Some take his statements and "give it the most negative twist", some have posted lies and defamed him online since he announced his Presidential bid, said former NTUC Income chief executive Tan Kin Lian.
Tan, 63, also highlighted an individual who posted "several malicious statements" about him in websites, giving others a bad impression of him. He is considering legal action.
While he rebuts and corrects falsehoods where possible, Tan laments against such unfair smear campaigns -- a fear his wife had when he first wanted to enter the Presidential Election.
She does not read what's on the Internet or she would be quite worried, said Tan in an interview with Yahoo! Singapore on Wednesday.
"All my statements on the other candidates are positive. … There's no need to blow up their negative points, take their action in a most negative way. There's no need to," he stressed, adding that he tells his supports not to "bash" other potential candidates.
He called on website owners, blog owners to help correct the "lies and defamation" on their sites.
Tan, who announced his decision to contest for the Elected Presidency earlier this month, will face heavyweight Dr Tony Tan, former deputy prime minister, and former Member of Parliament Tan Cheng Bock in the contest, if all three are given the certificate of eligibility.
Does he think he is the underdog in the polls?
Yes, if the earlier statements clarifying the President's role were targeted at him.
Following Tan's comments on his plans if elected, such as starting an annual report on Singapore's reserves, several government leaders stepped forward address expectations on the Presidential role and explain its limited powers.
While they did not name the Presidential hopeful, "many people say those statements were targeted at me", said Tan.
"Am I the underdog? Yes, if you look at the statements targeted at me," he said.
Yet, Tan is no lightweight.
The founder and director software development and consultancy Tan Kin Lian & Associates was general manager/chief executive of NTUC Income for 30 years before he retired.
During his tenure, he increased the company's assets from $28 million to $17 billion.
The former People's Action Party (PAP) member and social activist was also a frequent letter writer to the newspapers to express his views on various issues, including housing and transport.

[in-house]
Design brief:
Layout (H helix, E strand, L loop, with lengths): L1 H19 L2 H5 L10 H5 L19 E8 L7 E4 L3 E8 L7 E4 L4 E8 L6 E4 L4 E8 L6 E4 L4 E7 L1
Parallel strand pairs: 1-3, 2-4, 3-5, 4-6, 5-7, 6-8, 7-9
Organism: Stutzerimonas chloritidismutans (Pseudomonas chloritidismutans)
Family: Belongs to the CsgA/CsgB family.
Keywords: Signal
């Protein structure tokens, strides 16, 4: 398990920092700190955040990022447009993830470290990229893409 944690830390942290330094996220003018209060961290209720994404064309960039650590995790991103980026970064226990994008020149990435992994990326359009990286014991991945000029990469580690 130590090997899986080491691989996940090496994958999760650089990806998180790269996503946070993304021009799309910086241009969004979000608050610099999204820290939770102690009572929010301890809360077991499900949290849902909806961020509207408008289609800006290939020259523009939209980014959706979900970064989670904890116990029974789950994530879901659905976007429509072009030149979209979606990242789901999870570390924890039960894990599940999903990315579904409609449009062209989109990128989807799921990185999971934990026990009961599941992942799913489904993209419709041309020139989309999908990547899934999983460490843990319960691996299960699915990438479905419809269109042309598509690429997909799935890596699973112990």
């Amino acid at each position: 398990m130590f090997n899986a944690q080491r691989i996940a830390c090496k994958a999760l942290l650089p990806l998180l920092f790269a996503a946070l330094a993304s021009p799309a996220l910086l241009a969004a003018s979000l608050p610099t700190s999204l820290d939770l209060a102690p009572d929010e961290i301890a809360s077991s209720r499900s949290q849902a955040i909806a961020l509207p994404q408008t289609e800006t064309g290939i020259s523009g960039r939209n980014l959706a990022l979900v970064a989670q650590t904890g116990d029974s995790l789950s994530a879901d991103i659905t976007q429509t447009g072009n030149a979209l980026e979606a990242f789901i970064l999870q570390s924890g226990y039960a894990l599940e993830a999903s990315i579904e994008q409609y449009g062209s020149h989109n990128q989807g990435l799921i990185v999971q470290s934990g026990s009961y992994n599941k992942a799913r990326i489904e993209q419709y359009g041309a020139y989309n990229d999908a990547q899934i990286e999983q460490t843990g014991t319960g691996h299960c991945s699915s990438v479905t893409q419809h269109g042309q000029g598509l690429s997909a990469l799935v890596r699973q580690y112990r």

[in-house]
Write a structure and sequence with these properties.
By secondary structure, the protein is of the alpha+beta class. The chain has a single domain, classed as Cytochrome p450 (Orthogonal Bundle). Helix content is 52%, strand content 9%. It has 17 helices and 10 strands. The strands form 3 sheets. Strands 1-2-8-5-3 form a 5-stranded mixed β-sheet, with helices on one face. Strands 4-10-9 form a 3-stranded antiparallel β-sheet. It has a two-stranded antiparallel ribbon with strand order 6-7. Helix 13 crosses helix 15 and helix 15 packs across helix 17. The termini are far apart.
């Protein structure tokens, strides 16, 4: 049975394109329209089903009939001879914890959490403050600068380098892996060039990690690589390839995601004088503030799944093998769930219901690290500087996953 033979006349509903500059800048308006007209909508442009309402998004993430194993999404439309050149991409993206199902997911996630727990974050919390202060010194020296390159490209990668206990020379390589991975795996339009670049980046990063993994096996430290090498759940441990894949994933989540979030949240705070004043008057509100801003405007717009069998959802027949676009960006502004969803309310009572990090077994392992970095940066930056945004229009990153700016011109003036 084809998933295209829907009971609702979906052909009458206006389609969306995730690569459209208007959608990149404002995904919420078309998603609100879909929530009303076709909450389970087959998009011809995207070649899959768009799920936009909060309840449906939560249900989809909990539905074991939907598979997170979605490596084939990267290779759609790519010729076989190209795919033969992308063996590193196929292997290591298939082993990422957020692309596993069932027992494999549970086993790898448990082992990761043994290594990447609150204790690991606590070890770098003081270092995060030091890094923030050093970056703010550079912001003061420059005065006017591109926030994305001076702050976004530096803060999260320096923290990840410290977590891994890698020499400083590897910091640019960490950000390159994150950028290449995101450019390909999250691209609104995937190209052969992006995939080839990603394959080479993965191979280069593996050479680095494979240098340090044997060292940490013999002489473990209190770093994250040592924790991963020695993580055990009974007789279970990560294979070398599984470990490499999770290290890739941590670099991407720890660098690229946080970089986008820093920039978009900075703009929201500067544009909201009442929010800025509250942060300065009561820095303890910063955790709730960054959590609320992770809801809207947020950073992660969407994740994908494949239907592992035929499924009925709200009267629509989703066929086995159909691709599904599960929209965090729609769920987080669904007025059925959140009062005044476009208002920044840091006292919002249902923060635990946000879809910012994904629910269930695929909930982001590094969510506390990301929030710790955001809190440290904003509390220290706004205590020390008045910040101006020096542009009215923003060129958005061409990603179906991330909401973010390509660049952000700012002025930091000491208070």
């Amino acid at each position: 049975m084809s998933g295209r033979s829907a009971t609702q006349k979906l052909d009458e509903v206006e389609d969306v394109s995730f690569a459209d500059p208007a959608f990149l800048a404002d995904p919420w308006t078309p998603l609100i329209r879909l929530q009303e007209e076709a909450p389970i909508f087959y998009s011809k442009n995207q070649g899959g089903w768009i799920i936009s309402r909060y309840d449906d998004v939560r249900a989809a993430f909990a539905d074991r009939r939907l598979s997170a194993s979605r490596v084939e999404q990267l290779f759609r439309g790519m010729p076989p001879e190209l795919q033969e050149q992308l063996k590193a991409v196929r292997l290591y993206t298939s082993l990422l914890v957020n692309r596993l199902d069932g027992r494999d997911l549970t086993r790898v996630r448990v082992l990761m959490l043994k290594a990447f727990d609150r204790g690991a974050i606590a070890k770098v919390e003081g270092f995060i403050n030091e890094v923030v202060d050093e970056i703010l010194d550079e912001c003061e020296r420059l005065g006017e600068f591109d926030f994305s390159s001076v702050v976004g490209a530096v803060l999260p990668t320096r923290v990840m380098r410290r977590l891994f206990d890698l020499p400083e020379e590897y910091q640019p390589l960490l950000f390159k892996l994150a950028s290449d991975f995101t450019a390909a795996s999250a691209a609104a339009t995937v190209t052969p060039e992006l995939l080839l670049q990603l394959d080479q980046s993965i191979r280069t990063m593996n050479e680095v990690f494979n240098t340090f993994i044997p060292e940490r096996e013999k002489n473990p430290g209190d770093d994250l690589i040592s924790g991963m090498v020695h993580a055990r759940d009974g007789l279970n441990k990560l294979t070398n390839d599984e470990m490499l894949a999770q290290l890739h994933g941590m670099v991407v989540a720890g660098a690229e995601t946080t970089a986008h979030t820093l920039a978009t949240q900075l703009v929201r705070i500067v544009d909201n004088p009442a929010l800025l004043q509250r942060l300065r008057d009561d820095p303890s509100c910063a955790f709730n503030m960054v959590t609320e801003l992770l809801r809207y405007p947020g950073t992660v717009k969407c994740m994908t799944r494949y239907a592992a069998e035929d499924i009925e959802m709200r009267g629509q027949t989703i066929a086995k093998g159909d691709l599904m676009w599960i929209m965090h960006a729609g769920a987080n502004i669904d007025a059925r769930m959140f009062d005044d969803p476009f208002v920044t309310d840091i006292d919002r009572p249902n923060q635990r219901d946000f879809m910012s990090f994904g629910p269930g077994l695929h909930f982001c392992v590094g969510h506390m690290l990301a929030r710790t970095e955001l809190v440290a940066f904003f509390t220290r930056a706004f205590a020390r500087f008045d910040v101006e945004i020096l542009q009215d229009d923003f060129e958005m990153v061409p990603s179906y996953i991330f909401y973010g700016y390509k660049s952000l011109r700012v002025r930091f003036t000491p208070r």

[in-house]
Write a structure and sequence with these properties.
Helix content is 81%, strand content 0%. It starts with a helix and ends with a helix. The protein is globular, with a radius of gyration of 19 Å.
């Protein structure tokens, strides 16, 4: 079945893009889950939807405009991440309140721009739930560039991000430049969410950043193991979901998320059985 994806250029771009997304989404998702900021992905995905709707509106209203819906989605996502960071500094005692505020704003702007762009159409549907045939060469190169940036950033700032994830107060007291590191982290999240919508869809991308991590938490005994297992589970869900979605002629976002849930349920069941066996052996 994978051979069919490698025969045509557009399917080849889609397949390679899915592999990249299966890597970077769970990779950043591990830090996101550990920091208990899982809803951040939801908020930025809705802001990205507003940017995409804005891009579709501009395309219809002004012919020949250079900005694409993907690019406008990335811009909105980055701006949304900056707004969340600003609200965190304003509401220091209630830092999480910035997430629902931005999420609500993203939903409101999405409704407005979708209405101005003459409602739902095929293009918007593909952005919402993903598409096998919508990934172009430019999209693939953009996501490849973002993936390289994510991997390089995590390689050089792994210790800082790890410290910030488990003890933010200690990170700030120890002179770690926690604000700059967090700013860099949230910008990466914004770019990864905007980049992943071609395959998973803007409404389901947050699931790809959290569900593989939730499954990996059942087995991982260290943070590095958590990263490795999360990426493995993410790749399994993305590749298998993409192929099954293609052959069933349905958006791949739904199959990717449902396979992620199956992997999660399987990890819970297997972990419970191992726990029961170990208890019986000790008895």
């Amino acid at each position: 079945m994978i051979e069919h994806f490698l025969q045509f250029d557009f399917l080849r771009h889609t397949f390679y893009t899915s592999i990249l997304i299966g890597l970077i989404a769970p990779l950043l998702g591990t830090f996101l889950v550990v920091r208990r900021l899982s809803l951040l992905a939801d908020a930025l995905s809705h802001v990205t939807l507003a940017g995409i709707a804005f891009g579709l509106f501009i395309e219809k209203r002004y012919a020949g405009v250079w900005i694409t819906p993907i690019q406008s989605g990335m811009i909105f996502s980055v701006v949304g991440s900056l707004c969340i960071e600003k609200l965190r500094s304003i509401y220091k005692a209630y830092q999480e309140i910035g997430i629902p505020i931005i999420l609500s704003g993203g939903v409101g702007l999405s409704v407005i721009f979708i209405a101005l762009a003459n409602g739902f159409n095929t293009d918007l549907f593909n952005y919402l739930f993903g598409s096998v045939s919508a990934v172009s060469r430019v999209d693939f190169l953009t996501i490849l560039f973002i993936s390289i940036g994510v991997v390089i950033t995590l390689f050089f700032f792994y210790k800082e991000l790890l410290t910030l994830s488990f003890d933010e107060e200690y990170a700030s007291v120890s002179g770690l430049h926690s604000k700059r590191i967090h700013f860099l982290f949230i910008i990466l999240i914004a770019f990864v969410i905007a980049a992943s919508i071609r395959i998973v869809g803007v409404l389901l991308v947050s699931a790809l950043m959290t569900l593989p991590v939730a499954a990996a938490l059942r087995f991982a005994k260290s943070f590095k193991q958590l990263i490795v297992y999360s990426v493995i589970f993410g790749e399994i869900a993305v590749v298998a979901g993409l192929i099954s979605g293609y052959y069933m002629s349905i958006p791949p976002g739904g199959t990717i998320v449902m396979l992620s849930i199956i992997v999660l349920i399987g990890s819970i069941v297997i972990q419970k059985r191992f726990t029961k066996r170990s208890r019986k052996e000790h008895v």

Being a voice for the people
Tan remains strong in his convictions, as he prepares for the election.
Asked if he felt intimidated coming up against Dr Tony Tan, whose entry into the race has garnered positive press and endorsements from government leaders, Tan stated firmly, "No, I'm stronger than all this."
"I stand by my values. I will still be honest, fair, positive, courageous and I understand what is public service. Those are stronger than any of these setbacks that I may have to encounter," he stated.
Tan said he offers his ability to "think independently because I'm not endorsed by the PAP either directly or indirectly".
"I'm very well connected to the people," said Tan. "I know what are the feelings of the people, their aspirations and I will bring this to the government, if I'm elected."
He cites, the concerns of high cost of living and housing costs. Foreign workers also cause problems, say, by suppressing wages, he noted.
Other concerns he would address include "minimising the disadvantage" local men face when they serve National Service. In some countries, national service is only nine months, or foreign workers who skip national service pay tax to those who do, he pointed out.
Added Tan, "I hope to be able to play a role to help the people and the government. Get people to be united, understand the problem and say, "Let's work together"."
Having pledged at least half the Presidential salary to charity, Tan wants to encourage those who are able to, to also donate to the less fortunate.
"Then people will say we have a government that really cares for us. We have a President that really cares for us. And I think that will be the first step to rebuilding the people's trust in the government."
The Presidential hopeful recently revealed challenges in raising money for his campaign.
Compared to Dr Tan Cheng Bock, who had announced "strong support" and no problems with funding, Tan has had difficulties reaching his "modest budget" of $100,000 to $200,000.
Tan, who believes Singaporeans are just waiting for others to donate, views the fundraising as an indicator of Singaporeans' "commitment" to change.
He urged, "If you want to make a change you must be prepared to step forward with your time, with your money and with your commitment."
If he cannot raise the funds, Tan will use his money for the campaign. "But it will be quite discouraging for me if this is the outcome," he admitted.
Tan, who had been elected chairman of the International Co-operative and Mutual Insurance Federation from 1992 to 1997, said, "They find me acceptable, they elect me for who I am."
"It's the same for Singapore. … If you want me, take me for who I am and I will make you proud that you have made the right choice."
Hear what Tan has to say on why he joined the contest and how he can contribute as President.